Head Posture and Myofascial Pain

Sun A, Yeo HG, Kim TU, Hyun JK, Kim JY. Radiologic assessment of forward head posture and its relation to myofascial pain syndrome. Ann Rehabil Med. 2014;38(6):821-826.

This study attempts to evaluate computer terminal related forward head posture. Forward head posture exaggerates an anterior curve in the lower cervical region and posterior curve in the upper thoracic region. Numerous pain complaints and biomechanical dysfunctions are associated with forward head posture, so this study is certainly an admirable attempt to investigate the problem. However, the study comes up with some questionable conclusions.

Many people who sit at a computer terminal for long hours every day complain of an increase in upper back and cervical pain as a result. Spending prolonged periods in any static position is a now well-established cause of myofascial pain and dysfunction. Painful trigger points often develop in muscles as a result of prolonged periods in a static position. The development of trigger points has been defined as myofascial pain syndrome. The authors of this study state that myofascial pain syndrome is defined as “regional muscle tenderness originating from myofascial trigger points”.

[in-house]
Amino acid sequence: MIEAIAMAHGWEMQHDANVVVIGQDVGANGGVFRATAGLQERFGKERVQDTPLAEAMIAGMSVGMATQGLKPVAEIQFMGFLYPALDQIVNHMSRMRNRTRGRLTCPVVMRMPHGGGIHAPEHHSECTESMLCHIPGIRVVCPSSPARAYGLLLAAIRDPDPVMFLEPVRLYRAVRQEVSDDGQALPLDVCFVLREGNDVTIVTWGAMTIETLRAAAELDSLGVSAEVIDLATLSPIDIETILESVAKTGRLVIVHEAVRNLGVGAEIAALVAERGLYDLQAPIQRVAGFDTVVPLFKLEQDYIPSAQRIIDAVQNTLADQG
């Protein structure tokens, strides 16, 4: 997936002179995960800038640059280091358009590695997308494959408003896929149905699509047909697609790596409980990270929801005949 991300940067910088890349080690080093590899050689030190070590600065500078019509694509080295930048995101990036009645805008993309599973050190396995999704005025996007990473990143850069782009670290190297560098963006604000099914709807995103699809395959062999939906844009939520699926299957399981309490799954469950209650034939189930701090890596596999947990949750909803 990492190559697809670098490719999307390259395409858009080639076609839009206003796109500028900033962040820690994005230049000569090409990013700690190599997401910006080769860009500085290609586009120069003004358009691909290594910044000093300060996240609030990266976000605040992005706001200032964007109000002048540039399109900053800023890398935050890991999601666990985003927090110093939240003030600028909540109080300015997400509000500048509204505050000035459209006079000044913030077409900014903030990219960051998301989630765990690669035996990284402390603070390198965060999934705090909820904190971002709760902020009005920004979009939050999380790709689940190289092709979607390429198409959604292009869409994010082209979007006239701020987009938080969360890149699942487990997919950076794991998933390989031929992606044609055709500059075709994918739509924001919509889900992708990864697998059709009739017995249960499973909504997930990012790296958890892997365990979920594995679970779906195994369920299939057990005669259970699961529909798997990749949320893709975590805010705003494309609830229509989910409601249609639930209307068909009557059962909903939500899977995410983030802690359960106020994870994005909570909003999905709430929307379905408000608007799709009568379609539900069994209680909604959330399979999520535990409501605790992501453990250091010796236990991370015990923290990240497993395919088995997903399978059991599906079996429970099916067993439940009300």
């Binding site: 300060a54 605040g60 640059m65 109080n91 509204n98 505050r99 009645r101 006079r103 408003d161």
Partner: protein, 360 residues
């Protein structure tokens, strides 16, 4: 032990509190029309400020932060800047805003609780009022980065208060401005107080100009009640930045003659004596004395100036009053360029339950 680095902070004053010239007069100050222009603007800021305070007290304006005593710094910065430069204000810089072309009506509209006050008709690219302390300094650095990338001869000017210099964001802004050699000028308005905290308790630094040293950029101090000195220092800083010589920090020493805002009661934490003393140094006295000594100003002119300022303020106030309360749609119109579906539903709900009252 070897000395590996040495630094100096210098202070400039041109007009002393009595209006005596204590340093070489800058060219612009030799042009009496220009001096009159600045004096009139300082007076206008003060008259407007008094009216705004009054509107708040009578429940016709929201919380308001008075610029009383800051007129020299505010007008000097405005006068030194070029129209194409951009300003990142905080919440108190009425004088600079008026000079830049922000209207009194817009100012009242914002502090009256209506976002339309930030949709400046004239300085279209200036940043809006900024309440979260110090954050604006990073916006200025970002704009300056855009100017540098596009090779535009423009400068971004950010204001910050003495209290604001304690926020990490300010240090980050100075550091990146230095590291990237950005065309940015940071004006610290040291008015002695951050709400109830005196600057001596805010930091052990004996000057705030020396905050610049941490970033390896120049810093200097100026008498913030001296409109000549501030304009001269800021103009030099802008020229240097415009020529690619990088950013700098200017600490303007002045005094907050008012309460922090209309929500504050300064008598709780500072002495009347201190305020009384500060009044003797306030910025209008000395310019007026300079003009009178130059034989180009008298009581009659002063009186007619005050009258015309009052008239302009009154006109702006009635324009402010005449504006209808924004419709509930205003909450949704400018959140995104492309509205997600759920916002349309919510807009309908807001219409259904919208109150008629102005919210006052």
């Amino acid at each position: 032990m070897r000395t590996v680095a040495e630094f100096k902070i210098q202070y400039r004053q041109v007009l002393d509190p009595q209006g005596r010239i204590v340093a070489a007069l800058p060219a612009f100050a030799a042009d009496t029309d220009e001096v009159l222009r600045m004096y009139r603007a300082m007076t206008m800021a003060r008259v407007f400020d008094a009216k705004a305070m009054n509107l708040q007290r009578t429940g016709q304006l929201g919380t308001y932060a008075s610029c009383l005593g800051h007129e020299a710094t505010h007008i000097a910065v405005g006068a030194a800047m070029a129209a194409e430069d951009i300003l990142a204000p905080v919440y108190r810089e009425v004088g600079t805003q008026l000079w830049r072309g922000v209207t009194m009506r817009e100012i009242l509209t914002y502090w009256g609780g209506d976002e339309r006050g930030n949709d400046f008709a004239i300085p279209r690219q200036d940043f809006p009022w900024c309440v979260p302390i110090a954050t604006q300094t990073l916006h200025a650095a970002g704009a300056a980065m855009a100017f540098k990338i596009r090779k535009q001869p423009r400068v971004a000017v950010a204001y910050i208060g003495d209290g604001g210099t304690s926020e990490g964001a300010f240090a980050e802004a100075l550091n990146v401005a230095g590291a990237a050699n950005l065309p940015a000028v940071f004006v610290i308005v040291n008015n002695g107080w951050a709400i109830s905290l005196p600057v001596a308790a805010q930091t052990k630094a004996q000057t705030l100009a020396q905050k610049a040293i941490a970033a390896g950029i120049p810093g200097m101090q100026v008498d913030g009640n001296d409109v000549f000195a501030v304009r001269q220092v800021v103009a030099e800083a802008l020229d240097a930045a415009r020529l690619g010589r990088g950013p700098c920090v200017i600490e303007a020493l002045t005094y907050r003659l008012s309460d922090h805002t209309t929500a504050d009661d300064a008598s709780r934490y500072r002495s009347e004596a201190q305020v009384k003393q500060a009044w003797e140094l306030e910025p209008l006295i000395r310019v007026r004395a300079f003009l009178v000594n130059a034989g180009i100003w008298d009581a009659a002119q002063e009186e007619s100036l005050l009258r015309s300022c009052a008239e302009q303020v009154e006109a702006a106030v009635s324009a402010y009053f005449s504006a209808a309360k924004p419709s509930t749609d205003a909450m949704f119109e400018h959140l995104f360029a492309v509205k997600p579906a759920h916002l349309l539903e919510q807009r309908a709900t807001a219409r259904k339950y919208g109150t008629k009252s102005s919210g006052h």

In this study the researchers were attempting to determine if forward head posture, frequently associated with long periods of computer use, is directly correlated with an increase in myofascial pain syndrome. To make this determination, they took a cervical x-ray image of 80 participants (40 men and 48 women). They took precise measurements of anatomical landmarks to determine if there was a significant skeletal forward head posture.



For all participants they attempted to determine which had myofascial pain syndrome in the upper back or cervical region. A physician performed physical examination to determine if there were myofascial trigger points present in the neck, shoulder, and upper back regions. However, there was no specific mention of whether this physician had additional training in identifying myofascial trigger points. This is certainly a pertinent factor because most physicians are not trained in identification of myofascial trigger points through palpation.